On December 21, 2003, Mr. Amadasun and his estranged wife met near the intersection of Minnesota and Pennsylvania Avenues, so that Karina could visit her father. Karina said to her father, "remember the guy that pulled the gun at you," "he [is] at my house." Mr. Amadasun called the police. Two officers responded and drove with him to Ms. Amadasun's apartment, entered it and arrested Mr. Beatty.*fn3

On July 2, 2004, Mr. Beatty filed a "Specific Brady Demand," requesting that the government provide documentation in possession of the United States Citizenship and Immigration Service (hereinafter "USCIS") relating to any pending hearing or action concerning Mr. Amadasun's immigration residency and/or citizenship status. Mr. Beatty stated that he was making continued efforts to obtain the records, but had "been unsuccessful in ascertaining [the] office upon which to serve a subpoena." On July 19, 2004, the government faxed a response to him disagreeing "with the Brady characterization of the defense request." The response included a decision letter from the Department of Homeland Security (hereinafter "DHS"), which stated that Mr. Amadasun's application for citizenship had been denied. The decision letter also referenced an attachment, which noted the reasons for the denial. This attachment was not included in the government's faxed response.

On or about August 5, 2004, Mr. Beatty filed a "Motion to Compel Discovery," requesting that the "government be instructed to obtain the attachment, and any additional information regarding Kingsley's citizenship application." Mr. Beatty asserted that Mr. Amadasun's application for citizenship was based upon his marriage to Ms. Amadasun, an American citizen; and that he is separated from her, due in part to her relationship with Mr. Beatty.*fn4 Mr. Beatty alleged that the information contained in the attachment may be evidence of bias, providing a reason for why Mr. Amadasun does not like him. He maintained that he was unable to locate the office "authorized to act as an agent for CIS" and that the records were "in the sole possession of the government." He asked the trial court to make an in camera inspection of the material, if the government continued to claim that the information contained in the attachment was irrelevant to the case.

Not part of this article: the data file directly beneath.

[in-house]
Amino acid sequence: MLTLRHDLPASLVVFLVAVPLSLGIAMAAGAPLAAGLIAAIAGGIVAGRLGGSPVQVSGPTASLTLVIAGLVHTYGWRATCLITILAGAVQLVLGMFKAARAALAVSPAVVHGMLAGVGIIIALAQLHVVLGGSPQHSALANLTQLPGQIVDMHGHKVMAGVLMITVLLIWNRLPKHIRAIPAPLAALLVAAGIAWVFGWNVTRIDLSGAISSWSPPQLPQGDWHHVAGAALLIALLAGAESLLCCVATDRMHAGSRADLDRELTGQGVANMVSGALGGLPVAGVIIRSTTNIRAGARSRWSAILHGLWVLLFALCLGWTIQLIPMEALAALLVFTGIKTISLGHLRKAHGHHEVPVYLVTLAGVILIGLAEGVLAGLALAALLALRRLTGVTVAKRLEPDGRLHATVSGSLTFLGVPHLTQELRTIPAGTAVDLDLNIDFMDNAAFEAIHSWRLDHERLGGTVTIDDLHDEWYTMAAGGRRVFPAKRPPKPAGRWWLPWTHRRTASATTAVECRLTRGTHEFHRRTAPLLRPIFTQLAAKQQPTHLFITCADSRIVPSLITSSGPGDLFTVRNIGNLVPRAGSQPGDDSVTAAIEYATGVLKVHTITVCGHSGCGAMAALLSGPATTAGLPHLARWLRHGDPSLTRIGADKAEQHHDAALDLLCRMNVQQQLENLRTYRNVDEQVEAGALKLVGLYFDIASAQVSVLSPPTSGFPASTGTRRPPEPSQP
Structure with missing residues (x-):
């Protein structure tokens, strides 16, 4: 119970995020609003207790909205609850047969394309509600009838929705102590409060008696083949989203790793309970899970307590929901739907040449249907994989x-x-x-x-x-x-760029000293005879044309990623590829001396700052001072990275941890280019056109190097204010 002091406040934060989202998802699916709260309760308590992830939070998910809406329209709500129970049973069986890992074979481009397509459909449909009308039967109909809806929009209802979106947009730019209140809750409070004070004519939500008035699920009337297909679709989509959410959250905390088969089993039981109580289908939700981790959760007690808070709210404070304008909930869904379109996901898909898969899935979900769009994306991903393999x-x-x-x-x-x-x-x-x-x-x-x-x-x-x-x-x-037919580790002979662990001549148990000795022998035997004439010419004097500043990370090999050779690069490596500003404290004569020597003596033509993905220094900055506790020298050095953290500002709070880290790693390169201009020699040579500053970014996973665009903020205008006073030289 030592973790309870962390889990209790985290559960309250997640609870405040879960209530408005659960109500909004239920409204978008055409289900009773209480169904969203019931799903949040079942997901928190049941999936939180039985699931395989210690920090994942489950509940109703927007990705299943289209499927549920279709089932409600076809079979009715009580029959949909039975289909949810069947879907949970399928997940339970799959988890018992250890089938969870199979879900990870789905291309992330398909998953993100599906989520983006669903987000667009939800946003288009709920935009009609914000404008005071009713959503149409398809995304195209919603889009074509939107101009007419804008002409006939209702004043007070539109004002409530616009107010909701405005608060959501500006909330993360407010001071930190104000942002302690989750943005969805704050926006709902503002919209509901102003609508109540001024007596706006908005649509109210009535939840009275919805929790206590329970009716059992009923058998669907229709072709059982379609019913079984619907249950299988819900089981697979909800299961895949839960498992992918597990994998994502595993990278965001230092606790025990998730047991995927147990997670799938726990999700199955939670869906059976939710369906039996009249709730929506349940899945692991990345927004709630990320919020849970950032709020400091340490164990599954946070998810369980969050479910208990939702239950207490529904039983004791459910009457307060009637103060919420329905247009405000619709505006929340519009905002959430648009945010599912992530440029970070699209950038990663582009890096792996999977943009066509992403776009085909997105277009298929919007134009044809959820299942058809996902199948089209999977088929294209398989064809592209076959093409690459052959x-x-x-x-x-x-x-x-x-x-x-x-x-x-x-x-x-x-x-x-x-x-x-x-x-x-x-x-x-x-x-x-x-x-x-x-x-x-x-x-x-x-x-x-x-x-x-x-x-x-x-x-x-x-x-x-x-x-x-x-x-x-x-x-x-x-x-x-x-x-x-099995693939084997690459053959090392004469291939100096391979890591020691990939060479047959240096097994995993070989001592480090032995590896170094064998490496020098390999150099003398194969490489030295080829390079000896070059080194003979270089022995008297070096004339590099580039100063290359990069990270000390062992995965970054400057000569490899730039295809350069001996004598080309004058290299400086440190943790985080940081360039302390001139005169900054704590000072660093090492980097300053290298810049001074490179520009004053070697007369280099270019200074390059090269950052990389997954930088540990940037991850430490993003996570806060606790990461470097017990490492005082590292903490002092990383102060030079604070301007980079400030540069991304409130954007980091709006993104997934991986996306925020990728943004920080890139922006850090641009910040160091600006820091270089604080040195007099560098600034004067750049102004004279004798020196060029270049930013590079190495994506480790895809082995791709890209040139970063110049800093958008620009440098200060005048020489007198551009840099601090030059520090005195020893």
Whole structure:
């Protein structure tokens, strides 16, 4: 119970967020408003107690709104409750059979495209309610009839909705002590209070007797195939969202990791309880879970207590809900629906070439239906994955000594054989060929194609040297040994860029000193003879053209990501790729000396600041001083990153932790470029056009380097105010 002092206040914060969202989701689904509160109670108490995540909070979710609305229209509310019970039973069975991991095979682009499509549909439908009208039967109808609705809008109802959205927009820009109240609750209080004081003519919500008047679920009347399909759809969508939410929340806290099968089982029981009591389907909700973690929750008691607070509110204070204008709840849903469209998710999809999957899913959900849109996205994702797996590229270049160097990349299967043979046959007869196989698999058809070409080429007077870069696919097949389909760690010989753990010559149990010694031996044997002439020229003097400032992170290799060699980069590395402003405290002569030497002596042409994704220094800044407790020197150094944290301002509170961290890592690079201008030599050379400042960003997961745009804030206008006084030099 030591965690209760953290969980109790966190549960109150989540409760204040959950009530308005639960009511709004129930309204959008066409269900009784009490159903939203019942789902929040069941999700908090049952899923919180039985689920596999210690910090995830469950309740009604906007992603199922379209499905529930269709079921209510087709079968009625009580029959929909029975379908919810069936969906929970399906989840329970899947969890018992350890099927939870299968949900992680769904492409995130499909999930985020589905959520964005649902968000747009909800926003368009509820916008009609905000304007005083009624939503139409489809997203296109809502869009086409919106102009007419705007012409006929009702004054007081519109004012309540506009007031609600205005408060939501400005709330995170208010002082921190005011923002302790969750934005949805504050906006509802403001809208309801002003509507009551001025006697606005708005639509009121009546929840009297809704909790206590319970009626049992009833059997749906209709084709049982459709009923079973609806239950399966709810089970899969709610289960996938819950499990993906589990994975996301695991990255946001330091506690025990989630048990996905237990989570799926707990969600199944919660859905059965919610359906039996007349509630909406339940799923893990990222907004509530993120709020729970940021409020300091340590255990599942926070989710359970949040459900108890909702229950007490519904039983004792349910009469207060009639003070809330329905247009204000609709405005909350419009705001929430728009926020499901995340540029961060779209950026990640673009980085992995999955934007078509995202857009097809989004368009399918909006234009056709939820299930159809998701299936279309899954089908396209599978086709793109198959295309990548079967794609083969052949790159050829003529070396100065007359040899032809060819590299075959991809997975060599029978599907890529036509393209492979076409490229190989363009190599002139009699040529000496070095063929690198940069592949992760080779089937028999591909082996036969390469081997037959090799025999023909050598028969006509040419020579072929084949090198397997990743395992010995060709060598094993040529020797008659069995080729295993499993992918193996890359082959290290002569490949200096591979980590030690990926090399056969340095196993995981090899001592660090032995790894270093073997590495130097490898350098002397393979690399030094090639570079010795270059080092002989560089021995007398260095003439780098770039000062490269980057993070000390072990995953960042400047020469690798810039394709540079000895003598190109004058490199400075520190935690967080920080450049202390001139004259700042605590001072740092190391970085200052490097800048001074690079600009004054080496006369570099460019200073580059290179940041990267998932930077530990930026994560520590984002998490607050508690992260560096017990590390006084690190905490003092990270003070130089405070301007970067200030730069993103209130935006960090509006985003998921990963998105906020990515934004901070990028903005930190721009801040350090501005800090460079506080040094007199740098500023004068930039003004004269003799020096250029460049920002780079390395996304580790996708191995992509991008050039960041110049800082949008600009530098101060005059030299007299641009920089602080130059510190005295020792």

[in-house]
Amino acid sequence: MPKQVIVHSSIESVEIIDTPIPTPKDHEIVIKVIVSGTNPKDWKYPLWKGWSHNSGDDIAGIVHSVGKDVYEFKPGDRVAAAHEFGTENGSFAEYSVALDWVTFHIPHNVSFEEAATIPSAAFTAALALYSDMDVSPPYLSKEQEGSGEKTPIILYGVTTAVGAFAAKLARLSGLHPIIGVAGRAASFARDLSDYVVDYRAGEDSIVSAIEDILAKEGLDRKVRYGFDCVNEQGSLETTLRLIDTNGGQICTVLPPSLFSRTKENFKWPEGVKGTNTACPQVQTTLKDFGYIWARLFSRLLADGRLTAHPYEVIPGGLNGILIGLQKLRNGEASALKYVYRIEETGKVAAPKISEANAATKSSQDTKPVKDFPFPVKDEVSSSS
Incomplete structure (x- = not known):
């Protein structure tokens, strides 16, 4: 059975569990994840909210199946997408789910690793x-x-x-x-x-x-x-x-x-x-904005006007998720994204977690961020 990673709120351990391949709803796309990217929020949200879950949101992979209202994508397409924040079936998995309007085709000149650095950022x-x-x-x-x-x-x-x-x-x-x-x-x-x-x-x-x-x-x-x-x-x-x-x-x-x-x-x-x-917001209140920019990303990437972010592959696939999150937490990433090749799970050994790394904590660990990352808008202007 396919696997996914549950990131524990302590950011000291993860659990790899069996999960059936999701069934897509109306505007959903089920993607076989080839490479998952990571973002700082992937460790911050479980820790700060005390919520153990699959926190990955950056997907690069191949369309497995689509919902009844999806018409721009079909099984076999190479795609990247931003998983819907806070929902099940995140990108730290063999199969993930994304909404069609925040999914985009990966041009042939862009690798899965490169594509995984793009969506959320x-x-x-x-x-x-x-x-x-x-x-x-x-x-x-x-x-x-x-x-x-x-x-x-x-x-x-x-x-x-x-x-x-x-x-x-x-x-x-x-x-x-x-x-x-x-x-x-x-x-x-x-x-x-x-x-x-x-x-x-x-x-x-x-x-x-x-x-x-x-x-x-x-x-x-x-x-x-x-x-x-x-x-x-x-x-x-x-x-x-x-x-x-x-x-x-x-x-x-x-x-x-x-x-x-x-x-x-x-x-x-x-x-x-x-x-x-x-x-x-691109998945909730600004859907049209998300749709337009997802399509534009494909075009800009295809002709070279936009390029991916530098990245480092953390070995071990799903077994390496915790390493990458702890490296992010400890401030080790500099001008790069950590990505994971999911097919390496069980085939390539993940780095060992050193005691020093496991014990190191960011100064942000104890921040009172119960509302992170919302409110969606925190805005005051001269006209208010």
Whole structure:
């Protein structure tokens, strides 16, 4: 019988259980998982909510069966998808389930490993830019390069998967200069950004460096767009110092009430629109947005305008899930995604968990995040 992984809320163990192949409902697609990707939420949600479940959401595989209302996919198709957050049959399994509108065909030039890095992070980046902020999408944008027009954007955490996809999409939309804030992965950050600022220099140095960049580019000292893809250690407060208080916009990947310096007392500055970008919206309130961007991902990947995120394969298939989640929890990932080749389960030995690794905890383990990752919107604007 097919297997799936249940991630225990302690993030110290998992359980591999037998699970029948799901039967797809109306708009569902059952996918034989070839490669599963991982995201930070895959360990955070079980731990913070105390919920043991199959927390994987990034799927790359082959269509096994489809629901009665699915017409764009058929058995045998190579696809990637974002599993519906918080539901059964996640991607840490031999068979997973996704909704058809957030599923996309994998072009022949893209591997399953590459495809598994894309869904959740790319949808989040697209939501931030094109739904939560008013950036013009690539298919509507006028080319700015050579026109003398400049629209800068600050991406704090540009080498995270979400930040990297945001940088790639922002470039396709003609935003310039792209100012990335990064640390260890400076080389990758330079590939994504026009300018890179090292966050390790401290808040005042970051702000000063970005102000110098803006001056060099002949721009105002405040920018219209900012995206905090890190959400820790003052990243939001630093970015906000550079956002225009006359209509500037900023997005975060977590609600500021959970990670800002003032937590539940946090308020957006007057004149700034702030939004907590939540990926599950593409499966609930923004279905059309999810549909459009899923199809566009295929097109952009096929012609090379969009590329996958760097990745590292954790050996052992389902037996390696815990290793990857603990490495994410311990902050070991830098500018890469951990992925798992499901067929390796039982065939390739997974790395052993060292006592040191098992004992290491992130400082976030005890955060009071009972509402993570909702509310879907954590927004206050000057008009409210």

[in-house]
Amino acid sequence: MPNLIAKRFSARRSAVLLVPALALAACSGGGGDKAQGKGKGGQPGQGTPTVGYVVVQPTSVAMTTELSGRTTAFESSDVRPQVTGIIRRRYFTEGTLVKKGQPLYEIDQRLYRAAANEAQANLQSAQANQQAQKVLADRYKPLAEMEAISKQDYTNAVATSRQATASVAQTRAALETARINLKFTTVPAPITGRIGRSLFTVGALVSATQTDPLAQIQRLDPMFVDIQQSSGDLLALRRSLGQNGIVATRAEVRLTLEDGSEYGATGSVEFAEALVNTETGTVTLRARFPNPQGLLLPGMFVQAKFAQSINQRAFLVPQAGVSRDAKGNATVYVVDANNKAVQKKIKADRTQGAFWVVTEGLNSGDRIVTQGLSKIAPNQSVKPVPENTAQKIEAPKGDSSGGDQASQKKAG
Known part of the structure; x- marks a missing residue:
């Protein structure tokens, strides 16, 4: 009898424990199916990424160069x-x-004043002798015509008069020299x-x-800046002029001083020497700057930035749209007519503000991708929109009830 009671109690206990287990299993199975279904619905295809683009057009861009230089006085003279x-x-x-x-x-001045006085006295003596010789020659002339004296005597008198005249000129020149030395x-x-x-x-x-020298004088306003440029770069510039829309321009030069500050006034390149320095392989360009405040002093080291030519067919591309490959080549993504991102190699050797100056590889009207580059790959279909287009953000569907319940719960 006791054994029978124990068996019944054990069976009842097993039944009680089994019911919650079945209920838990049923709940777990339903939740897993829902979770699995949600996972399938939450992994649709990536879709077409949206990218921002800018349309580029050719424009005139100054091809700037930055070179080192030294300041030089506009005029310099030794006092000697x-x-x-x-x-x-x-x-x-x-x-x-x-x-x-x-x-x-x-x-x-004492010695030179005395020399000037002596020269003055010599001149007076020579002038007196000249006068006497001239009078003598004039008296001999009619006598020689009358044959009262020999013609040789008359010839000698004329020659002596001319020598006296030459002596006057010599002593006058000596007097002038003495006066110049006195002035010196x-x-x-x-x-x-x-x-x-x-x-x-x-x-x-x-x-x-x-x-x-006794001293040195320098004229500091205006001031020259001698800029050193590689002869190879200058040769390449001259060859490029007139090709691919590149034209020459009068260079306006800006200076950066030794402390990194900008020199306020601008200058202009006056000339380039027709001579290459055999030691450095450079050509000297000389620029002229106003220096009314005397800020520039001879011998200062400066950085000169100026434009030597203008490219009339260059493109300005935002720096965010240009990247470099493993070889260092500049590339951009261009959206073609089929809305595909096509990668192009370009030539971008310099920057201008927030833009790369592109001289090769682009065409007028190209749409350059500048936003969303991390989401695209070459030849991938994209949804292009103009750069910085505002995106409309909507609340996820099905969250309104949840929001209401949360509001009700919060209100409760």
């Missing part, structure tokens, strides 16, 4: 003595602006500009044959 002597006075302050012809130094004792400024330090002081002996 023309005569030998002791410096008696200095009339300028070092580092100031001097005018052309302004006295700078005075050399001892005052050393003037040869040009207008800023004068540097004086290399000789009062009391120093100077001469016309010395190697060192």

On August 11, 2004, the court addressed Mr. Beatty's motion to compel. His defense counsel stated that a contact with Immigration Customs Enforcement (hereinafter "ICE") informed him that one of the two people on whom he would have to serve a subpoena was the "district agency supervis[or]," who was located in Vermont. This contact also stated that the disclosure of the documents sought could violate Mr. Amadasun's privacy rights, and thus would not be permitted. Defense counsel reiterated that the only document he sought was the document attached to the decision letter denying Mr. Amadasun's citizenship application. When pressed by the trial court about the contents of the document sought, defense counsel stated, "it is my assumption that if the application is under the condition of marriage, the denial was because of dissolution would be -- or at least an element would be at dissolution of the marital union." However, as the court noted, the prosecutor had earlier proffered that the attachment sought was in the custody of Mr. Amadasun and not the government. The prosecutor also stated the attachment "says nothing at all about [] a link between [Mr. Beatty] and the denial of citizenship or naturalization." In denying Mr. Beatty's motion to compel, the court stated,

[T]he documents [Mr. Beatty] requests by way of Brady demand are, in fact, A, not Brady; B, in any event not within the custody of the Government; and, C, clearly not identified . . . by [Mr. Beatty] in any specific way such that it appears to me that the request is, in fact, a fishing expedition and not the identification of documents which would be in any way Brady material or otherwise discoverable. I denied the motion to compel.